Israel and Sudan agreed on Friday agreed to normalize relations in a deal brokered with the help of the United States, making Sudan the third Arab country to set aside hostilities with Israel in the past two months.
U.S. President Donald Trump's aides have been pressing Sudan to take steps toward normalizing relations with Israel, following similar U.S.-brokered moves in recent weeks by the United Arab Emirates (UAE) and Bahrain.
Trump has told the U.S. Congress he will rescind Sudan's designation as a state sponsor of terrorism, the White House said Friday after Sudan transferred $335 million into an account for victims and their families. Last month, Sudanese officials discussed its removal from the U.S. terrorism list in the UAE in return for the recognition of Israel, reports stated.
Sudan's transitional government, in charge since the toppling of President Omar al-Bashir last year, has been pushing to get off the U.S. list, which hinders its ability to access foreign loans to tackle an economic crisis. Authorities are under pressure to fix the economic crisis, which has worsened since al-Bashir's ouster. Inflation hit almost 170% in August, and the currency has been in freefall. The same month, U.S. Secretary of State Mike Pompeo raised the issue of Sudan establishing ties with Israel during a visit.
Meanwhile, the U.S. president said on Friday that he can see Iran joining a deal like this and that he "would love to help Iran."
The UAE, a key partner of the U.S., along with Bahrain, normalized ties with Israel in deals brokered by Washington, the first Arab states in a quarter of a century to break a long-standing policy of refusing to recognize the Jewish state without securing the rights of the long-occupied Palestinians.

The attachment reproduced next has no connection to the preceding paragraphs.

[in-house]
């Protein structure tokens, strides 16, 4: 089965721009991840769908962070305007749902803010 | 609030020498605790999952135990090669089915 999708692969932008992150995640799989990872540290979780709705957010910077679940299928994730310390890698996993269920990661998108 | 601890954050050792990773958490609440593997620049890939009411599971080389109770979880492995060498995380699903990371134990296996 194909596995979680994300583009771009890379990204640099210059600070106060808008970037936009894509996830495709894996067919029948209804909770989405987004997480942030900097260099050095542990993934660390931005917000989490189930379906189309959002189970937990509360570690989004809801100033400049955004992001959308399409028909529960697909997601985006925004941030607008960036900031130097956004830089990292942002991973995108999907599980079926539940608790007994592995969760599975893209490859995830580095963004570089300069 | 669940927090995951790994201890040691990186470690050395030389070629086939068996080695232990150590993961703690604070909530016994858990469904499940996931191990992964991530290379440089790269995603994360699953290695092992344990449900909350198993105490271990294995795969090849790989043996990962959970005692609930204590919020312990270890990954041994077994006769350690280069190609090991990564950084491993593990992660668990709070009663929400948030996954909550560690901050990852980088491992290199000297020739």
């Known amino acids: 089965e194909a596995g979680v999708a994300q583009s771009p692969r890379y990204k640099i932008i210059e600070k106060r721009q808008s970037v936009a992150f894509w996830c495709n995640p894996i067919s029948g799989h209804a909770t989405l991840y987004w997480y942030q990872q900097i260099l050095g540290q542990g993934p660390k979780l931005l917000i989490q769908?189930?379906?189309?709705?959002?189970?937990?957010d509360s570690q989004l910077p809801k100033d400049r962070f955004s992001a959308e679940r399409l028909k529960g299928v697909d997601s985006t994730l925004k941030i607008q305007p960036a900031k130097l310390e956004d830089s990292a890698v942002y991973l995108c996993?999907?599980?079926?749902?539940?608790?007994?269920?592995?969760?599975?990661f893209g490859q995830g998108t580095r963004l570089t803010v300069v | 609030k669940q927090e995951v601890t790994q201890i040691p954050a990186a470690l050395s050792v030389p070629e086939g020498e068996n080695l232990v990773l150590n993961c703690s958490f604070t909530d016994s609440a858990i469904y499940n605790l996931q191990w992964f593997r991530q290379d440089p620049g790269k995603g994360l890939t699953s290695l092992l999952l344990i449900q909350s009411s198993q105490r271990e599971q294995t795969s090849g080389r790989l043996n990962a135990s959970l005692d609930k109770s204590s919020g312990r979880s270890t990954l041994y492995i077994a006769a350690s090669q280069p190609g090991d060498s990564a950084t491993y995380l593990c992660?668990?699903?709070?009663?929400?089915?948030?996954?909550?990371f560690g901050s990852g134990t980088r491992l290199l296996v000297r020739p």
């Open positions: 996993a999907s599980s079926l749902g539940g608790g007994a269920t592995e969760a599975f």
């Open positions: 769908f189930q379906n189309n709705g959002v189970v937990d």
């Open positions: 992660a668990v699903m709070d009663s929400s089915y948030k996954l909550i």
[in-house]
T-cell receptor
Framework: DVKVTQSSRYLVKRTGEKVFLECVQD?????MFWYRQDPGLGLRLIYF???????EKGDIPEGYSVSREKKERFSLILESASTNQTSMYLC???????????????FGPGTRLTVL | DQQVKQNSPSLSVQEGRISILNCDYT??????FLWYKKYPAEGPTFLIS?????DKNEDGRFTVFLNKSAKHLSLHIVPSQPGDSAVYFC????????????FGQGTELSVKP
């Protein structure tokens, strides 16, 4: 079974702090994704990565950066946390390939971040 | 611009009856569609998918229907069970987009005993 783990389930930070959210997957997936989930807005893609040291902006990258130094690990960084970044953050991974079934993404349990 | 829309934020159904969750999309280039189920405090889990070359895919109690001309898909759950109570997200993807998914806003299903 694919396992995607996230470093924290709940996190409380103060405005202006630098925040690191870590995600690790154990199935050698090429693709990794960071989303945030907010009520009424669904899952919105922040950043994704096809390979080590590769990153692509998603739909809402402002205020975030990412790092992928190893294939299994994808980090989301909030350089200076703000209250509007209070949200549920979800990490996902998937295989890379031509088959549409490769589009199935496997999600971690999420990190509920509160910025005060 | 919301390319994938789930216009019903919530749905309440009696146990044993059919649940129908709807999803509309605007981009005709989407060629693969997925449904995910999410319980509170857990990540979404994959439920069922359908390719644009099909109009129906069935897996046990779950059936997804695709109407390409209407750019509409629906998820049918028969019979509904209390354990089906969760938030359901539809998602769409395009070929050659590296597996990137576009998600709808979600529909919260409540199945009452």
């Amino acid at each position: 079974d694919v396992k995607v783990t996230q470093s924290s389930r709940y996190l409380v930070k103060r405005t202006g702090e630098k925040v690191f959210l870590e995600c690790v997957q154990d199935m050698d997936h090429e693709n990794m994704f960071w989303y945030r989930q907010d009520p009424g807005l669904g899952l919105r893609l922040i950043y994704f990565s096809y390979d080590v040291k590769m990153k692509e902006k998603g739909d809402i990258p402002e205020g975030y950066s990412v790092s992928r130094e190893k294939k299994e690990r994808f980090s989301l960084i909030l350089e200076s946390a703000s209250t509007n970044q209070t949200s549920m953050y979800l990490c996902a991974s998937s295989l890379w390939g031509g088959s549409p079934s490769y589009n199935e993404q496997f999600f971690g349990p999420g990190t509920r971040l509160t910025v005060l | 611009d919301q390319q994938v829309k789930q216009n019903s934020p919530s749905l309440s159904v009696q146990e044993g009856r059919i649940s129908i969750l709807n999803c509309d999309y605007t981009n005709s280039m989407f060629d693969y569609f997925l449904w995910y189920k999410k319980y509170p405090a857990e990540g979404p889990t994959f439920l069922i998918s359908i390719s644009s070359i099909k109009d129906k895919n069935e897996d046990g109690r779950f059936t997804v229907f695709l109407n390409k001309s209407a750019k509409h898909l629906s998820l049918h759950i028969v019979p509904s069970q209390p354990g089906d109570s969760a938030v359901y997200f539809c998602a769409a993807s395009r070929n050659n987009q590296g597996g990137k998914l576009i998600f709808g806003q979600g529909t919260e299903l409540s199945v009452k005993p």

The military and civilian leaders of Sudan's transitional government have been divided over how fast and how far to go in establishing ties with Israel. Despite the Sudanese army's willingness to normalize relations with Israel after Sovereign Council chief Abdel Fattah al-Burhan's meeting with Israeli Prime Minister Benjamin Netanyahu in February in Uganda, the civil transition government seems reluctant to take hasty steps. The secret meeting sparked outrage in the country since the Sudanese people are unhappy with the fundamental change in foreign policy.
Israel has normally been at war with Sudan, which supported Egypt during the wars with Israel in the 1960s and 1970s. In the wake of the Six-Day War in 1967, the Arab League summit in Khartoum declared "no" to three points regarding Israel. The three included: no peace with, no recognition of and no negotiations with Israel. It was taboo to talk about establishing any kind of relations with Israel.
Under ousted President Omar al-Bashir, Israel saw Sudan as a pipeline for Iran to supply weapons to Palestinians in the Gaza Strip. Israel was believed to have been behind airstrikes in Sudan that destroyed a convoy in 2009 and a weapons factory in 2012.
After the ouster of al-Bashir, the new Sudanese administration seems to be vulnerable to Israel's new Middle East policy, which aims to establish relations with Arab countries in order to gain legitimacy for Israel's illegal borders and occupation of Palestinian lands. It is believed that an Israeli deal with Sudan would mark a new setback for the Palestinians, who have long counted on the Arab world to press Israel to make concessions to them as a condition for normalization. That wall of Arab support had long served as one of the Palestinians’ few points of leverage against Israel.
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